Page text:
The town is situated on Osoyoos Lake, which has a perimeter of 47.9 km (29.8 mi), an elevation of 276 m (906 ft), a maximum depth of 63 m (207 ft), and a mean depth of 14 m (46 ft). The lake’s elevation marks the lowest point in Canada of the Okanagan Valley.

The far southern reaches of the Okanagan and Similkameen Valleys are part of a threatened ecosystem in Canada known as shrub-steppe. Specifically, the ecosystem of the area is named after the antelope brush plant typical of the local climate. This ecosystem was once more prevalent in the South Okanagan, but is now becoming fragmented and degraded due to the spread of agriculture, urban development, and other human activities. The area is also sometimes referred to as the Osoyoos Arid Biotic Zone.

Since 2003, a feasibility study by Parks Canada has been going on to determine the need for protection of a large area of grasslands west of the town known as the South Okanagan-Lower Similkameen National Park Reserve Feasibility Study.[13]


The climate, according to the Köppen climate classification, is semiarid (BSk)[14] with summers that are generally hot and dry. September and October are usually dry and sunny with cool mornings. Winters are short, mild, and usually dry, but can be cold for brief periods during Arctic outflow conditions bringing sporadic snowfall. Spring arrives earlier than other parts of the Okanagan. Osoyoos averages 7 months at or above 10°C. By Canadian inland standars, it is extremely mild, being affected by the marine airflows of the Pacific – something areas east of the Rockies aren't.

During the summer, the southern Okanagan Valley is on average one of the hottest areas in Canada during the day. Temperatures exceed 35°C (95°F) on average 17 days per summer, sometimes topping 38°C (100°F).[15] Although days are hot, the humidity is low and nights cool adequately. Daytime temperatures are the hottest in Canada as Osoyoos has the highest average annual daily maximum temperature in Canada [17.0 °C (62.6 °F) as per table below]. However, the summer mean normal is narrowly beaten by Windsor in Ontario where July averages 23 °C (73 °F) in comparison to Osoyoos with 22.9 °C (73.2 °F).[16]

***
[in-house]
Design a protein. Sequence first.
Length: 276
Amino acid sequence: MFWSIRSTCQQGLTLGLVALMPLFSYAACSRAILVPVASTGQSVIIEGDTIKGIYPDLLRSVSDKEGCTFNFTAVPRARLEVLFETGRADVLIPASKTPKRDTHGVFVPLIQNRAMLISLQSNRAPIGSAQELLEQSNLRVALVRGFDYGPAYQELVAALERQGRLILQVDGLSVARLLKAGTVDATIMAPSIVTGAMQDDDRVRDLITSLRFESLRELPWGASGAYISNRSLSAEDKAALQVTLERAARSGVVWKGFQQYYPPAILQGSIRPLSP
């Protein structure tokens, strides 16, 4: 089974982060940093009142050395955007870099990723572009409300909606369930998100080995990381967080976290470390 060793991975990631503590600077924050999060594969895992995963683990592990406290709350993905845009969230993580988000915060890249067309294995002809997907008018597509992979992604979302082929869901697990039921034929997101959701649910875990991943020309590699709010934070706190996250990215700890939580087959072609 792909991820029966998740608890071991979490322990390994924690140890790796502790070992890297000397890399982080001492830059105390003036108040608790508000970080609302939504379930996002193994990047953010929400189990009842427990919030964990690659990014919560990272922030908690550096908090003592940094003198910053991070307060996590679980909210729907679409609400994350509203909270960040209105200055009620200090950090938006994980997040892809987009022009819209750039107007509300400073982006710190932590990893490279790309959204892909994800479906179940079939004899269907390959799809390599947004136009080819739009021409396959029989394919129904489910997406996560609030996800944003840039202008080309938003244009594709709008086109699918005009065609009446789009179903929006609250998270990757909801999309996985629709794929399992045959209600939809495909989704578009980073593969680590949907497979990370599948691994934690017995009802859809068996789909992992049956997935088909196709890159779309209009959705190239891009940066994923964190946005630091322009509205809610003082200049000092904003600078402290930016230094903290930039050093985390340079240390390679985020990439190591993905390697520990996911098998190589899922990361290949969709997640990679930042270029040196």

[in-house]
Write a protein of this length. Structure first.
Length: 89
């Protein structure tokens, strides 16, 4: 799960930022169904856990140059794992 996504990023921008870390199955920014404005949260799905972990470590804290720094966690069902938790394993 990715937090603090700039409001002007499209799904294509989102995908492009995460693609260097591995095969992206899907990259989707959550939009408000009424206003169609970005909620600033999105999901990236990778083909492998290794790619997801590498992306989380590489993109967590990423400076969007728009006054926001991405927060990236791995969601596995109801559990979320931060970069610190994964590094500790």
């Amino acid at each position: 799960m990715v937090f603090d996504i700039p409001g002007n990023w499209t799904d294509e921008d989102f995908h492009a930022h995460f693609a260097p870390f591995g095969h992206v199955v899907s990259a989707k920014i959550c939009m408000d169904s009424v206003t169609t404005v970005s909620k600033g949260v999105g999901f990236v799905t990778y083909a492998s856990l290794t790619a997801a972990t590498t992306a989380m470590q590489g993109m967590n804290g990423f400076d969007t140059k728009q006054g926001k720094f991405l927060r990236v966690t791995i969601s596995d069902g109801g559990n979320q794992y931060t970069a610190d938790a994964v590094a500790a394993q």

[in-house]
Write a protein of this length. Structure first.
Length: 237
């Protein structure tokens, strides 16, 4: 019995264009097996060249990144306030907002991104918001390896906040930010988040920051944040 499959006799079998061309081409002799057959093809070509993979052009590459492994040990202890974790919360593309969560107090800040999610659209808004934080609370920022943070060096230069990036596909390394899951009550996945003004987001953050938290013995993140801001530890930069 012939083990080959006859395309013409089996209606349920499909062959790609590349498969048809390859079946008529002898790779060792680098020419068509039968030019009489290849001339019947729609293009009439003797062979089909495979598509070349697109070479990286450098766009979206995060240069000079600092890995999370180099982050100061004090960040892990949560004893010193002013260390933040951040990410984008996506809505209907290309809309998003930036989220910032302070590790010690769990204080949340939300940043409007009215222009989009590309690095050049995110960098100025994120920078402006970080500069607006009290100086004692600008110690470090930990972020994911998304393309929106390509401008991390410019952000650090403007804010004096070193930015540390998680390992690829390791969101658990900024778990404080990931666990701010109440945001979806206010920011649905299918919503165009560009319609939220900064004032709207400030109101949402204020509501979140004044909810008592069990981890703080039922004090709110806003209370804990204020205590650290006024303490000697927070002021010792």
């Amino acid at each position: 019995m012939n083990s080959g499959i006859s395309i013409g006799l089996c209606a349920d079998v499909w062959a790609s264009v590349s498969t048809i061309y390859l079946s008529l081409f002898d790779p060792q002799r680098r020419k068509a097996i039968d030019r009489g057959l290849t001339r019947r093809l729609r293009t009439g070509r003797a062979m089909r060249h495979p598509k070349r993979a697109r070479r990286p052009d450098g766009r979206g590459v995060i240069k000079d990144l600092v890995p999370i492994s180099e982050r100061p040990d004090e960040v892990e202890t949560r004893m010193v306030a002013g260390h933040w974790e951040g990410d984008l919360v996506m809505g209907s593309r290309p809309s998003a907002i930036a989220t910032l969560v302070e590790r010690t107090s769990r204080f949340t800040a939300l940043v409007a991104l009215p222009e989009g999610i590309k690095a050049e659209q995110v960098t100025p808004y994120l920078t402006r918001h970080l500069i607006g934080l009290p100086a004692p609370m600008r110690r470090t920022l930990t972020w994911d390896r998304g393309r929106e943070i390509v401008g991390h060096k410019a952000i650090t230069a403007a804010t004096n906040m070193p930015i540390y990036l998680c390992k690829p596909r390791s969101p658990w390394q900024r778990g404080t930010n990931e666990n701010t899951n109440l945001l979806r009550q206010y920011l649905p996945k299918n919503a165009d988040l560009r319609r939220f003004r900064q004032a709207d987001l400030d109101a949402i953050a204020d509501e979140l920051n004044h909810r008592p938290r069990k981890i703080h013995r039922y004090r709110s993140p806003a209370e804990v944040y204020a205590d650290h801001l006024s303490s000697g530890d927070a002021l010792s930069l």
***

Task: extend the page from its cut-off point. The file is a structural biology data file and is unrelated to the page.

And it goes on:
The USDA places Osoyoos in Plant Hardiness Zone 7a.[17]

Climate data for Osoyoos
Month Jan Feb Mar Apr May Jun Jul Aug Sep Oct Nov Dec Year
Record high °C (°F) 11.7
Average high °C (°F) 2.0
Daily mean °C (°F) −0.9
Average low °C (°F) −3.8
Record low °C (°F) −20.8
Average precipitation mm (inches) 28.8
Average rainfall mm (inches) 14.3
Average snowfall cm (inches) 14.6
Average precipitation days (≥ 0.2 mm) 12.0 9.2 9.9 9.7 10.4 10.2 6.7 5.5 5.2 7.8 12.2 12.3 111.1
Average rainy days (≥ 0.2 mm) 6.0 6.9 9.2 9.6 10.4 10.2 6.7 5.5 5.2 7.7 10.2 5.6 93.4
Average snowy days (≥ 0.2 cm) 6.7 2.7 1.1 0.1 0.0 0.0 0.0 0.0 0.0 0.1 2.7 7.6 20.9
Source: [18]

Average number of days:[15]

  • above 20°C (68°F): 154.8
  • above 30°C (86°F): 53.0
  • above 35°C (95°F): 17.1


Osoyoos fruit trees in April

Although the fruit-growing possibilities were noticed by early settlers, the first commercial orchard in the area was not established until 1907, growing cherries, apricots, peaches, plums, and apples.[2] Osoyoos Orchard Limited was formed in 1920 and an irrigation project was planned which finally brought water to the west bench via “The Ditch” in 1927.[2] The former shrub-steppe environment was transformed into a lush agricultural belt and Osoyoos promoted “the earliest fruit in Canada”.

Today, the area continues to produce tree fruits. Aside from tourism, agriculture is a major component of the local economy, as is evident by the abundant produce stands along Highways 3 and 97, and the numerous commercial orchards surrounding the town. With the growing popularity of viticulture, some of these orchards are being converted to vineyards, as the area is a major wine producing region of Canada. After clearing of mainly sagebrush, parcels of bench land have been replanted for viticulture.

The vast majority of the land in the valley bottom surrounding the town is protected by the Agricultural Land Reserve which prevents valuable agricultural lands from being converted into other uses.


Looking over Osoyoos Lake

Tourism in the Osoyoos area has become a large contributor to the local economy. This tourism is brought on by the many amenities in the Osoyoos area.

Osoyoos Lake is "the warmest freshwater lake in Canada" according to the town of Osoyoos[2] and the BC Parks System,[19] with reported average summer water temperatures of 24°C (75°F).[20] The lake is surrounded by kilometres of beaches (public and private), parks and picnic grounds, such as Gyro Beach, Lions Centennial Park, Kinsmen Park, Legion Beach and Sẁiẁs Provincial Park. There are also major plans to revitalize the waterfront along the town core,[21] spurred on by recent major developments such as the Watermark Beach Resort which include increased public space and an expanded marina.